TV Q4 Scatter Market Flat, Political Money May Help

The TV scatter advertising market continues to struggle -- and for many media-buying executives, it seems to show little to no growth for the rest of the year.

Media executives say fourth-quarter prices are flat to slightly higher than the upfront buying period just concluded this summer. This comes after a "very soft" third-quarter market resulting from heavy Summer Olympic ad-spending activity.

This scatter fourth-quarter period seems to resemble that of a year ago -- when pricing was also weak relative to the 2011 upfront. It was in that upfront that pricing soared to 12% to 15% levels versus 2010. Typically strong-priced, well-sold upfront sales are followed by slower-moving scatter markets. But added to this is the still-iffy state of the economy.

"You have the economy where there is still a lot of uncertainty," says Gary Carr, senior vice president and executive director of national broadcast for media agency TargetCast tcm. "There was a fair amount of inventory sold in the upfront. We are only in the middle of September. Maybe people are waiting until after the election."

"If advertising grew at a constant steady rate, you might think scatter would be stronger than we are currently seeing. But for a myriad of reasons, things are slowing and scatter is soft," says Ira Berger, brand media director of The Richards Group.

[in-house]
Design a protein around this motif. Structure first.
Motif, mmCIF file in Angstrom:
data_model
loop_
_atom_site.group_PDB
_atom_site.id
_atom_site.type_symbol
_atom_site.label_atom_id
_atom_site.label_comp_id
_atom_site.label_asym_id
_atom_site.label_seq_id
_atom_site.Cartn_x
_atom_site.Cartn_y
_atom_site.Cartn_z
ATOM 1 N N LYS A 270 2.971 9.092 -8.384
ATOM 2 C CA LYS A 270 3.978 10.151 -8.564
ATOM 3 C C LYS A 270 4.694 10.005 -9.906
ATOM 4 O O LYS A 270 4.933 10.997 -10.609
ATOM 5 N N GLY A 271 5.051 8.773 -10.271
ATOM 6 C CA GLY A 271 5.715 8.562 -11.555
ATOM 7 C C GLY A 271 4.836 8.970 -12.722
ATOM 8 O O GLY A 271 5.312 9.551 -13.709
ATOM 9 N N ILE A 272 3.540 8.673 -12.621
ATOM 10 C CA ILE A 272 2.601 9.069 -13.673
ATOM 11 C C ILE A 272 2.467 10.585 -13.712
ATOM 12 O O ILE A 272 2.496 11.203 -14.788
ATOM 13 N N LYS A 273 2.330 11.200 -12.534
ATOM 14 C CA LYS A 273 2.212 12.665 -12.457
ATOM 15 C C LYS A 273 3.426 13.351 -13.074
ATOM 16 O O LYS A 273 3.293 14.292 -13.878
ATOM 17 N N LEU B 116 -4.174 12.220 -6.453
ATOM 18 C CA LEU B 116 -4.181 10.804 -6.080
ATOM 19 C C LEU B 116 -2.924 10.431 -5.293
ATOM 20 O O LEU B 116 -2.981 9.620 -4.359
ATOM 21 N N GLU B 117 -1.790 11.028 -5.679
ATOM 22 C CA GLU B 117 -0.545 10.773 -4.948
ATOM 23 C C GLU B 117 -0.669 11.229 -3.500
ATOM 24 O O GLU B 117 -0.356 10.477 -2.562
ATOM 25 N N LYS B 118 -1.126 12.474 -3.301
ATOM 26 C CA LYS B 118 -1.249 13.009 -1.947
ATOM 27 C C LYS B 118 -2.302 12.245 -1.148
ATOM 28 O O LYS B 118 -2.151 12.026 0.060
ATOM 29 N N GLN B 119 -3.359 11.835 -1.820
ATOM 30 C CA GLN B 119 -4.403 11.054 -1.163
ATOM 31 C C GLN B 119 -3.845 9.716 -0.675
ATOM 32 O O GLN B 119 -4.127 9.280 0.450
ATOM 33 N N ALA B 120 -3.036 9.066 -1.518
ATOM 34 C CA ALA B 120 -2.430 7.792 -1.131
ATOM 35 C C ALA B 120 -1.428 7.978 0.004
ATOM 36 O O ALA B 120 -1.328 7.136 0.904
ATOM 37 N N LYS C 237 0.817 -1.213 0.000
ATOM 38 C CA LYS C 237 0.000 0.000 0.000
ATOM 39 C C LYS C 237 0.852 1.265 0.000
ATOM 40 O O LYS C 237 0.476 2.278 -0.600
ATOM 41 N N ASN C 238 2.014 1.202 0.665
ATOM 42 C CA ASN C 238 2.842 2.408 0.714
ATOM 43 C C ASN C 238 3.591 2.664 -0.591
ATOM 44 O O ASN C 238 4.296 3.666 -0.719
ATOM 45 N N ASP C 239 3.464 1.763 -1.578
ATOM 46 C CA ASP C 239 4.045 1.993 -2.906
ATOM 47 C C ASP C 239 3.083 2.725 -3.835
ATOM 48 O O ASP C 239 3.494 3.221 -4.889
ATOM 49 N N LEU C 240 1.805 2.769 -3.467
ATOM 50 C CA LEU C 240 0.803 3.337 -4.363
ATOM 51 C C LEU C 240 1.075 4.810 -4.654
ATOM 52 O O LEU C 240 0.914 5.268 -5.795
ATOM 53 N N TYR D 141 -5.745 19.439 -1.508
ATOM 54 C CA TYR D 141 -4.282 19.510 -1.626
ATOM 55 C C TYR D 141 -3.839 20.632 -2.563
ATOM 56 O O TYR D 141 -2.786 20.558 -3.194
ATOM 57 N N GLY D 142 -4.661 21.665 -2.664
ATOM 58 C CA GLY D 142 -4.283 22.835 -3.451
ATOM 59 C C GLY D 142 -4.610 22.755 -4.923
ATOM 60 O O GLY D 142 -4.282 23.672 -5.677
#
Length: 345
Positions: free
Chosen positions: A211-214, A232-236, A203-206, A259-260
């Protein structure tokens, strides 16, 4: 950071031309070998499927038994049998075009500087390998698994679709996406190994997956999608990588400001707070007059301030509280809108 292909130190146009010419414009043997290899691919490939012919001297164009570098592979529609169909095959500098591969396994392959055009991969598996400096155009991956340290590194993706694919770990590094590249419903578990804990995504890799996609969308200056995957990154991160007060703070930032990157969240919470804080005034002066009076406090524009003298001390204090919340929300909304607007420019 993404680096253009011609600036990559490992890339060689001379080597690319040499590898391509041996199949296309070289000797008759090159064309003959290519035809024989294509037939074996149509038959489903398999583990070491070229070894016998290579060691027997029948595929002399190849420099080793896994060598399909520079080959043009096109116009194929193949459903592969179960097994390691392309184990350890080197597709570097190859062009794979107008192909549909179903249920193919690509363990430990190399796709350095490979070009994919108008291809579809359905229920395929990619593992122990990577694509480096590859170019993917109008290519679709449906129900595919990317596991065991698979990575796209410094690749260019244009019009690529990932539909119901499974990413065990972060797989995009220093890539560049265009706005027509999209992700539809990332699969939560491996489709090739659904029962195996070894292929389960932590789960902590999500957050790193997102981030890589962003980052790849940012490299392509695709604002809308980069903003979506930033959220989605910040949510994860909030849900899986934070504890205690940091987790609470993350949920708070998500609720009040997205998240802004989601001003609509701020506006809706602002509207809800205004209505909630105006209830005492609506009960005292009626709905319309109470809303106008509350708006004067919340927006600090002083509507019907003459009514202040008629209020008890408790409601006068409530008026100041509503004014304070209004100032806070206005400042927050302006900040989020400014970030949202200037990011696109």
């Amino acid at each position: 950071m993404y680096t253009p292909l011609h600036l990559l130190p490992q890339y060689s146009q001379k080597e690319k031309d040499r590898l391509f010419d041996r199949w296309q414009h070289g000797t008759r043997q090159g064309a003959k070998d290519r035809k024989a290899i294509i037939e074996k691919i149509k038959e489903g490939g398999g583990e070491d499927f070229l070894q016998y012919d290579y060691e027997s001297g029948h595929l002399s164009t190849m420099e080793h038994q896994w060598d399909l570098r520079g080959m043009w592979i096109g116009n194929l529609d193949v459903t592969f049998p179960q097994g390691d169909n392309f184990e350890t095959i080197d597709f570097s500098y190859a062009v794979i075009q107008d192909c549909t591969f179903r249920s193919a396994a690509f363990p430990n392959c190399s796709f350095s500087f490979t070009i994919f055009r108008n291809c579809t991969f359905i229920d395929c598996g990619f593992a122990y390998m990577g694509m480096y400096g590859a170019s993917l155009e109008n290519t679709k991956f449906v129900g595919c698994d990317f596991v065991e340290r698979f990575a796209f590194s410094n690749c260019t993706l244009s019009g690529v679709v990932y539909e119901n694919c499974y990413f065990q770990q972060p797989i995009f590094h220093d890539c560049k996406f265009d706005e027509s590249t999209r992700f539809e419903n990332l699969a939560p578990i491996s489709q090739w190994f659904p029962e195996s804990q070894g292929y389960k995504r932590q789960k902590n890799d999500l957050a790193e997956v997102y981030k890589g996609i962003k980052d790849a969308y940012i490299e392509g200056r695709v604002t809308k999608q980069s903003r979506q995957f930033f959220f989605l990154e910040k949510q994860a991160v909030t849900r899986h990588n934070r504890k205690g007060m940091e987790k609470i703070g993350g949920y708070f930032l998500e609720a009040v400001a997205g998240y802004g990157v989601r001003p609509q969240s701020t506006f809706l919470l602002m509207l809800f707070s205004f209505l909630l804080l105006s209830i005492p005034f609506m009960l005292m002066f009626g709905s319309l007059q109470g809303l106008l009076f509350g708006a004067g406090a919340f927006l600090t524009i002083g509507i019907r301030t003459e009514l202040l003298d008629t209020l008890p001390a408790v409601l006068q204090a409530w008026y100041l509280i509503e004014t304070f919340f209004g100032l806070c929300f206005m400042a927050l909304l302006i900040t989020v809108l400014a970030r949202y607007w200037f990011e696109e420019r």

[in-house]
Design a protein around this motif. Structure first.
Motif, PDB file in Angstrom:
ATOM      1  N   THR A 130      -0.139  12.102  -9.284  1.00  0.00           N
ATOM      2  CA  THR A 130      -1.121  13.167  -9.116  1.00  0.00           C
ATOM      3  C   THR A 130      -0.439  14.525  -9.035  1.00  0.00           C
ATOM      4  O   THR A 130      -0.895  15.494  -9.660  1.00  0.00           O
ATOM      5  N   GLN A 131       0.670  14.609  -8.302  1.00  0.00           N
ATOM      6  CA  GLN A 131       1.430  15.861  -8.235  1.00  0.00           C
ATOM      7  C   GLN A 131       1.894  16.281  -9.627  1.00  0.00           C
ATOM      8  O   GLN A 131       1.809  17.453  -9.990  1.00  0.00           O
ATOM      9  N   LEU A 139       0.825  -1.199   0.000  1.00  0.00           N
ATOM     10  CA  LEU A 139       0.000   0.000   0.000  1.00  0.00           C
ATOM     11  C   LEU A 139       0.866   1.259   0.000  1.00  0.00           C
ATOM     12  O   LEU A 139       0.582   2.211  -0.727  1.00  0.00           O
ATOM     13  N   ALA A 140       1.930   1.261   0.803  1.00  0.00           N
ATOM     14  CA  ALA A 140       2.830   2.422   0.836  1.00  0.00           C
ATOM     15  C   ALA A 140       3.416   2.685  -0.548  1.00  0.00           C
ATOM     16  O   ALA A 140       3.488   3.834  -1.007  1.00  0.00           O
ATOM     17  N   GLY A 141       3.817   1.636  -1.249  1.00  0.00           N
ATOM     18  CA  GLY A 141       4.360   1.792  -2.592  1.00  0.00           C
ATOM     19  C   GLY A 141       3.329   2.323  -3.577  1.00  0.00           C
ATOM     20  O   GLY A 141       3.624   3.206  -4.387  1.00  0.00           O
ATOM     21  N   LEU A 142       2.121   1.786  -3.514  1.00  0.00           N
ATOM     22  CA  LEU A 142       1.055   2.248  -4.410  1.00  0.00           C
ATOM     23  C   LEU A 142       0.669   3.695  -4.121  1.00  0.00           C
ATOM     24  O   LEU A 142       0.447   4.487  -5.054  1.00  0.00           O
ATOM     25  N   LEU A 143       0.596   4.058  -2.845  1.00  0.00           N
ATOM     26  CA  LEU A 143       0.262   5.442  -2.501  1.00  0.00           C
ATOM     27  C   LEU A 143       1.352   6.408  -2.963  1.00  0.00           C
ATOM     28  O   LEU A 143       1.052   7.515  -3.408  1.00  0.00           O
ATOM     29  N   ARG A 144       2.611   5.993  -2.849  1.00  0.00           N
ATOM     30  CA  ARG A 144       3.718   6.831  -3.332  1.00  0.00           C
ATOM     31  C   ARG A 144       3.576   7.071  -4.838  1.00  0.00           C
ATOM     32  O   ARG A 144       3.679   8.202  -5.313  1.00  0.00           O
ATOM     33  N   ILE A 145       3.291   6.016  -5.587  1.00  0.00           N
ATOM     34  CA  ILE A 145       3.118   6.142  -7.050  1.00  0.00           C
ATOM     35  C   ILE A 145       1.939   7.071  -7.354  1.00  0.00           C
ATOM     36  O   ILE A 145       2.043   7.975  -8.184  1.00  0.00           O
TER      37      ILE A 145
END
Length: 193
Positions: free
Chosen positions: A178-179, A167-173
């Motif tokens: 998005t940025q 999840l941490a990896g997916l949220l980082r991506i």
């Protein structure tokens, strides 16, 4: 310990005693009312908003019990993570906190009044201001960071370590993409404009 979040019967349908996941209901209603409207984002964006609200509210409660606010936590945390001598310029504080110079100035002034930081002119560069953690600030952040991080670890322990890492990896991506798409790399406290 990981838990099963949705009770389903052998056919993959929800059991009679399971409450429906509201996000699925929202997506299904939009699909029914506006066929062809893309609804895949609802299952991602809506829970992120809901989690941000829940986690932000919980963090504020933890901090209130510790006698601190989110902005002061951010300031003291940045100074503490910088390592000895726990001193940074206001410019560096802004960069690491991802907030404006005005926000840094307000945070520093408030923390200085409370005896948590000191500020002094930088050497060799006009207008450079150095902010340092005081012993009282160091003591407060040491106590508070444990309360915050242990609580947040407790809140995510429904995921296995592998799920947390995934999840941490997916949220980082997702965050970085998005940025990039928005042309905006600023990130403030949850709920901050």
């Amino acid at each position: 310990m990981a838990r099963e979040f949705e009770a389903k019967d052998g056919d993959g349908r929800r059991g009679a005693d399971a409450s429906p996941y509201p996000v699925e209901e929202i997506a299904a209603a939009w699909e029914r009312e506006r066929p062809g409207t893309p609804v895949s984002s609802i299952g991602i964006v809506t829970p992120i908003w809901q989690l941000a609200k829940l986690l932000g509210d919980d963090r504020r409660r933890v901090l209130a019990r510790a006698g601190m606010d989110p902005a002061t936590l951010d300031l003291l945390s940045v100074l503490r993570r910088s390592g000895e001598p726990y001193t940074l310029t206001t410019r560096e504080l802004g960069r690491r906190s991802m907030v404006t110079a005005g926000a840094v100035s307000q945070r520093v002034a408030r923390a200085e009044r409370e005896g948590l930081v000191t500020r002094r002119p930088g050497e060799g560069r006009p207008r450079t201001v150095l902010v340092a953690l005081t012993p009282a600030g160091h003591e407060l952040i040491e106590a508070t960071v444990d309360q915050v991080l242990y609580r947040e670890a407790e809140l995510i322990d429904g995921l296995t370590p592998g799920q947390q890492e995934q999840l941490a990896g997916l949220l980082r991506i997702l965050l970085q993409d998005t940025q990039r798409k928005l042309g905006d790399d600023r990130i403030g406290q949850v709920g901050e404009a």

Another media executive says TV networks are hoping to see somewhat of a resurgence in October. "They are hoping for some political money," says Jason Kanefsky, executive vice president and director of strategic investments of media agency MPG North America.

The last time the fourth-quarter scatter period -- which begins the TV season -- had a strong ad marketplace was in 2010, where skyrocketing prices soared 20% to 25% and more over upfront pricing. This came after a relatively modestly higher upfront market in the summer of 2010. Advertisers were spending heavily following the deep recessionary economy of 2009.

The current third quarter of this year has seen weak activity because of expected sports programming offerings. "The Olympics sucked a lot of money out of the market," says Carr. Many major media company executives have confirmed this.

Recently, those senior executives from Time Warner and Walt Disney have been more optimistic for the rest of the year -- saying that generally third-quarter advertising sales will be around flat at best, but rise substantially for the rest of the year.



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